It's a tendency I know well. I'm in a period of unemployment – let's call it a fallow period – and not for the first time. I've had several periods ranging from a month through to almost a year when I haven't worked, either because of redundancy (such a brutal phrase!) or because I've been working as a contractor and the contract has come to an end.
The whole 'not earning money' thing is a bit of a bind. But at the same time, there's a certain luxury to the sudden wealth of free time. The kind of free time I long for when I'm on the treadmill of commute–work–commute–sleep–repeat.
In the case of my present situation, I knew this fallow period was coming several months in advance; the project was coming to a close and there was no chance of the contract rolling over. Because of the nature of contract work, which requires contractors to start pretty much immediately, I didn't look too hard for a follow-up job.
Towards the end of the project, I was working long days, and I was too exhausted to throw myself into the soul-destroying process of jobhunting. And because I was lucky enough to be earning enough to tuck some money aside, and have been unemployed before, I wasn't feeling any immediate panic. I just worked my butt off until the final day of the project, celebrated the end with my colleagues in the time-honoured way of going to the pub and drinking way too much, and said goodbye to work at the end of March.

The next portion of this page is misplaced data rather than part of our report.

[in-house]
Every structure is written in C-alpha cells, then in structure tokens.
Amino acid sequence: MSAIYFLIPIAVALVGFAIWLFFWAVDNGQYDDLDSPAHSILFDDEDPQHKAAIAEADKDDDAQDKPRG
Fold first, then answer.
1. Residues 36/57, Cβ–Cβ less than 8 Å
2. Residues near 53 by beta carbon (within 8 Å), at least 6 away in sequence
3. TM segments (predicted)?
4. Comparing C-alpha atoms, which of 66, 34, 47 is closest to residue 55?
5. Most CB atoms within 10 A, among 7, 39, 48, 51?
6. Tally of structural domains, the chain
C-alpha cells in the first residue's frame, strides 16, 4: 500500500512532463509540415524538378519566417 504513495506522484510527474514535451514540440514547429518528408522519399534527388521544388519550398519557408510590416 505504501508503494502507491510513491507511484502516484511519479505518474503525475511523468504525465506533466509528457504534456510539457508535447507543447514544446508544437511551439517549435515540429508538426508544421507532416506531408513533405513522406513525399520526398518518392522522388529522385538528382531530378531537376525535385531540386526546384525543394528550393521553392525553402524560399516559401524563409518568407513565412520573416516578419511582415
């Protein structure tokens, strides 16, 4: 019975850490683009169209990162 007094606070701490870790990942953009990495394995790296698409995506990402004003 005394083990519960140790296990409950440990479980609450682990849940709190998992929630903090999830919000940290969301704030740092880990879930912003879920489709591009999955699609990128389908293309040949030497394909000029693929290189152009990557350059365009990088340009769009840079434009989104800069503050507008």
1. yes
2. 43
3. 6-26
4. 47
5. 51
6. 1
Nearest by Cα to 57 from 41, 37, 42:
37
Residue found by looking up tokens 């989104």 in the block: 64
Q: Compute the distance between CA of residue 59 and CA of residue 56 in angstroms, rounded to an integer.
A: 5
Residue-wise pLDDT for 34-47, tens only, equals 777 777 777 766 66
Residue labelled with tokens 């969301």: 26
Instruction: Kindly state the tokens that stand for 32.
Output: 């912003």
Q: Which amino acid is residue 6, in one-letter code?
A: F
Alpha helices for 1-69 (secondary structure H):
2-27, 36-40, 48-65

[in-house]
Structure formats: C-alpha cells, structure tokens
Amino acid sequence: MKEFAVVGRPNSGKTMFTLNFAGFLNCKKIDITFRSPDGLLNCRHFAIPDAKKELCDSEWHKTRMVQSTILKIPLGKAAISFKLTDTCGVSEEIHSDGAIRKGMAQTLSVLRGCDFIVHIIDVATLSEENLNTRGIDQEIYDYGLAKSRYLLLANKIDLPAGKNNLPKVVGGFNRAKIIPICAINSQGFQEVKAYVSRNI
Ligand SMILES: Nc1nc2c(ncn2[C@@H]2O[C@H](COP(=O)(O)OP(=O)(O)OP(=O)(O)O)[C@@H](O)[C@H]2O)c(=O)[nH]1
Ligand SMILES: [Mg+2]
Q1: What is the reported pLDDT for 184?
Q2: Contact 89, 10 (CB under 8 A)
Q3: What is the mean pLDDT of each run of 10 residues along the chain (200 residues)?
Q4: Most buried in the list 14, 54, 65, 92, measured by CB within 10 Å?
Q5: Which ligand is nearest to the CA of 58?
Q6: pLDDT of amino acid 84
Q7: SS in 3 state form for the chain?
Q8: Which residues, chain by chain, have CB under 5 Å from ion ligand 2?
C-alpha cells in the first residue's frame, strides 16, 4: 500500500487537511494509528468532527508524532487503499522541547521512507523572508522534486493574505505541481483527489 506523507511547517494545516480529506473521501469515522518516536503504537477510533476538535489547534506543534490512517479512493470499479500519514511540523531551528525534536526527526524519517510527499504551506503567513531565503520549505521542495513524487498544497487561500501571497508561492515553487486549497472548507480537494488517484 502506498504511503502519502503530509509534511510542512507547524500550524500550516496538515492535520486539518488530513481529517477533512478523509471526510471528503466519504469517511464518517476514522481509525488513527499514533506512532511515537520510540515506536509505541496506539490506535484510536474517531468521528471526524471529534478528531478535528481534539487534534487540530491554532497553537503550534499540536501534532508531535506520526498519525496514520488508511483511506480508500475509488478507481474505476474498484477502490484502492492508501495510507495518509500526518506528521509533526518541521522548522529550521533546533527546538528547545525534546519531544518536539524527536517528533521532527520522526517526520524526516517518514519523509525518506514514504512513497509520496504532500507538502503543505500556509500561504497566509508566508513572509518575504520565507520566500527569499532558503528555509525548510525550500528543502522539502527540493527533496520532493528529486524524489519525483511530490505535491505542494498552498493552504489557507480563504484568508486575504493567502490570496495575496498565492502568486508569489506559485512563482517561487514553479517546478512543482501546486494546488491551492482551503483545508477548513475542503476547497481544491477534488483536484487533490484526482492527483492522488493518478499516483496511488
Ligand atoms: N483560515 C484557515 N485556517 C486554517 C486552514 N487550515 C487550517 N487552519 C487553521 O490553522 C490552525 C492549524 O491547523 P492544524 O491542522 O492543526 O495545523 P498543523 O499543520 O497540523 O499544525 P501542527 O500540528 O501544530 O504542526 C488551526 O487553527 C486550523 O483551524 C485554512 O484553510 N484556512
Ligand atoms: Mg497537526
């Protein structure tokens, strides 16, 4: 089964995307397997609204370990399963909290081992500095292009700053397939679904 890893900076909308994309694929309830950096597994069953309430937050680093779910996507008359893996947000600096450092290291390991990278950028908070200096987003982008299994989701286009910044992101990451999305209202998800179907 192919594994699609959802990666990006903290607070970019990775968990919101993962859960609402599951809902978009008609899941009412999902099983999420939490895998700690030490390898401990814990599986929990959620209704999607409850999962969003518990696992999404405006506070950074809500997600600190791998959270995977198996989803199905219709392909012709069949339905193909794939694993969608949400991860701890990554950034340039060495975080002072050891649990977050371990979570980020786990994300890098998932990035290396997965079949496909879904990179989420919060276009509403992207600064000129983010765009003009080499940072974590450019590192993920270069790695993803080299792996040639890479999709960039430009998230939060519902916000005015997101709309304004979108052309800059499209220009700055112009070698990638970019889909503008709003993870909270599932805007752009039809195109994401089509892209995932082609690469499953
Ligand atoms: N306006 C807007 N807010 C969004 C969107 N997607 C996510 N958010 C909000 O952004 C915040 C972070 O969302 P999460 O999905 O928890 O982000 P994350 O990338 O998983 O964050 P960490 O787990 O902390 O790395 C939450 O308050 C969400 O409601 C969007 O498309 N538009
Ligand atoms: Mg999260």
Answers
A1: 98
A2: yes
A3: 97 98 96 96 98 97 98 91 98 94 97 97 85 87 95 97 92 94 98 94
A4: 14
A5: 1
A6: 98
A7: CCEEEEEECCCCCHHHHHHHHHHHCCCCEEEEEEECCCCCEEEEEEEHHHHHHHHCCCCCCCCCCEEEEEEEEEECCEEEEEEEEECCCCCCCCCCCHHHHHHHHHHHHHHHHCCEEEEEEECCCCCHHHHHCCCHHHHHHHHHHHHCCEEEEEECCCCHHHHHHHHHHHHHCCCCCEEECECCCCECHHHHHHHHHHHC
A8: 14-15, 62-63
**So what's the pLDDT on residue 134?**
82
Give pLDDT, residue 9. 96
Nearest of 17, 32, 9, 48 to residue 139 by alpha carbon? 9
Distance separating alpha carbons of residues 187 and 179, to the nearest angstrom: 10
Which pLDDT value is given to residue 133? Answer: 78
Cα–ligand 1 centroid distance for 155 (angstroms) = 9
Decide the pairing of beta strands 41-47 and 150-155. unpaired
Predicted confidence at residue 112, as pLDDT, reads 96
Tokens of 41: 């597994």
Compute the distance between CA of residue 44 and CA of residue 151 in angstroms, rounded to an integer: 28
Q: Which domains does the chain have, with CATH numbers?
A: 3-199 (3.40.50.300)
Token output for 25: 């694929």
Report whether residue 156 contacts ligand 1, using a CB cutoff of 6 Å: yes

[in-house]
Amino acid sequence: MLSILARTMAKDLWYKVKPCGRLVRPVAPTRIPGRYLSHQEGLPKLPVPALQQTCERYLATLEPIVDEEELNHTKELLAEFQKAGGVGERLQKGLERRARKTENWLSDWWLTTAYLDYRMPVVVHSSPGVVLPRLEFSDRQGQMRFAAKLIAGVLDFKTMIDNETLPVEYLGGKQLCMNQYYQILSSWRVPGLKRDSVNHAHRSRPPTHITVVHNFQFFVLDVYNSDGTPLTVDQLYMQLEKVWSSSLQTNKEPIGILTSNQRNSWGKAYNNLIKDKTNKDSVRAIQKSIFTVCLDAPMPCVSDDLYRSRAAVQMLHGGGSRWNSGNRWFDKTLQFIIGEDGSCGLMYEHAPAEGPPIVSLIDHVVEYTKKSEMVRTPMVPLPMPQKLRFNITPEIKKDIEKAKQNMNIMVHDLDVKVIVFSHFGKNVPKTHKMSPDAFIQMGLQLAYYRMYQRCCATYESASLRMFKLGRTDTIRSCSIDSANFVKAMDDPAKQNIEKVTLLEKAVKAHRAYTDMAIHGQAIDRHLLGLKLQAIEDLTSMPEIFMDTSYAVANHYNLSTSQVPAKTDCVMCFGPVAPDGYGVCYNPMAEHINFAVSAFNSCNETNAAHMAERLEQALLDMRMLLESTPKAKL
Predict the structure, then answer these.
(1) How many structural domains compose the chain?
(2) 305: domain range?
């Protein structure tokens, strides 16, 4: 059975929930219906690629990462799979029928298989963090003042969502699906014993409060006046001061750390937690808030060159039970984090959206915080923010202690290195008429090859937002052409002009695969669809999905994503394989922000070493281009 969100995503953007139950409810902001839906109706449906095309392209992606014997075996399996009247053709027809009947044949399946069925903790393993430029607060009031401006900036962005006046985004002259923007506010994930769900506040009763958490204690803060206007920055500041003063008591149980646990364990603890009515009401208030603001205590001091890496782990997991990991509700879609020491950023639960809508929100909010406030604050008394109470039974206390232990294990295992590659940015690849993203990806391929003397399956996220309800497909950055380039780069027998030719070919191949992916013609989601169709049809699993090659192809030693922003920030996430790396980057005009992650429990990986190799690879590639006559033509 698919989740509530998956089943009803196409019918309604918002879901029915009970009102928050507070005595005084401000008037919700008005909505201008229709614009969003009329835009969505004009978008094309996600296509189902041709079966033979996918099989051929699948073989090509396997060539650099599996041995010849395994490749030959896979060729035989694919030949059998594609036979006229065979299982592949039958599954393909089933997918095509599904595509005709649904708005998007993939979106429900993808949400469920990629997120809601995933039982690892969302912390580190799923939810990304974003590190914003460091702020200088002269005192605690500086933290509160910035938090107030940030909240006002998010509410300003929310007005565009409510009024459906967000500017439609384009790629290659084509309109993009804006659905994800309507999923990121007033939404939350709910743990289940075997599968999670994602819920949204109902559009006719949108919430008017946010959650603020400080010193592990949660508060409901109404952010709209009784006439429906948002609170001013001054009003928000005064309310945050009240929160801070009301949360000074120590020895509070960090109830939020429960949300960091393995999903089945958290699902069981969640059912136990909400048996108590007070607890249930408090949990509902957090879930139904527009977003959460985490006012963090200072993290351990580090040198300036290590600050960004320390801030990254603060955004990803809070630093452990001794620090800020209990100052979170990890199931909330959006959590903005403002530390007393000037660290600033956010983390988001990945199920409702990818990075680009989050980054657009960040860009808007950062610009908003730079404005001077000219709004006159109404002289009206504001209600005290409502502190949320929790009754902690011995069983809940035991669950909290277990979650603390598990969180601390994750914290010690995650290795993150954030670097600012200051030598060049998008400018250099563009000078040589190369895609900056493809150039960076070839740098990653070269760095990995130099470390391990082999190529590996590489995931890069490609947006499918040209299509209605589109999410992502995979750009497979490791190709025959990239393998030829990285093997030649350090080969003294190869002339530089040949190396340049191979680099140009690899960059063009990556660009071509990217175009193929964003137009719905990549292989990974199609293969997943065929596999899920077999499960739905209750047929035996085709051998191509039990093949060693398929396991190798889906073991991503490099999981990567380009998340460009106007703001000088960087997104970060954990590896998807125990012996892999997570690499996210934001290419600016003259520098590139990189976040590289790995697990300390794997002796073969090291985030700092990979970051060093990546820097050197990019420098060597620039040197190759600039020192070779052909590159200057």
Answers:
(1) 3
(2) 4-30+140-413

Something else I know from previous experience is that when I'm back at work, I'll look back on all this wonderful free time and berate myself for having wasted it watching daytime TV and farting around on the computer. So once the wrap party hangover cleared, I drew up a list of things to do to keep myself busy and motivated. None of it was very exciting. Fix up the garden. Take broken appliances to the tip. Revarnish the front door. That kind of thing. Dullsville. But it was all stuff that needs to be done, and by being productive, I reasoned to myself, I wouldn't lapse into inertia, and the momentum would help to drive me towards my next job.
A week and a bit on, the list is still there, and largely unmolested by strike-throughs. I've spent most of the time sleeping and, well, watching daytime TV and farting around on the computer. I justified it to myself – I'd been working really hard; I haven't had time off in a very long time (my last holiday was 3 years ago); I have enough money to keep me going for a few months. And I'm doing some dog walking for a charity (The Cinnamon Trust, a very good cause, so check it out if you love animals and have free time) so I'm not a complete waste of space, right? Frankly, I've enjoyed every minute of it.
The longer I remain in a state of inertia, the harder it becomes to move again. And the sooner I start moving, the easier it will be to keep up the momentum. I can already see the dangers of indulging much longer.
It's mid-day right now, the sun is shining and Jiminy is nagging. And where am I? On the sofa, computer on my lap, writing this. Time to hit 'publish' then dust off that list and tackle it anew. After all, the whole point of letting ground lie fallow is to keep it productive, not to let it dry up into wasteland.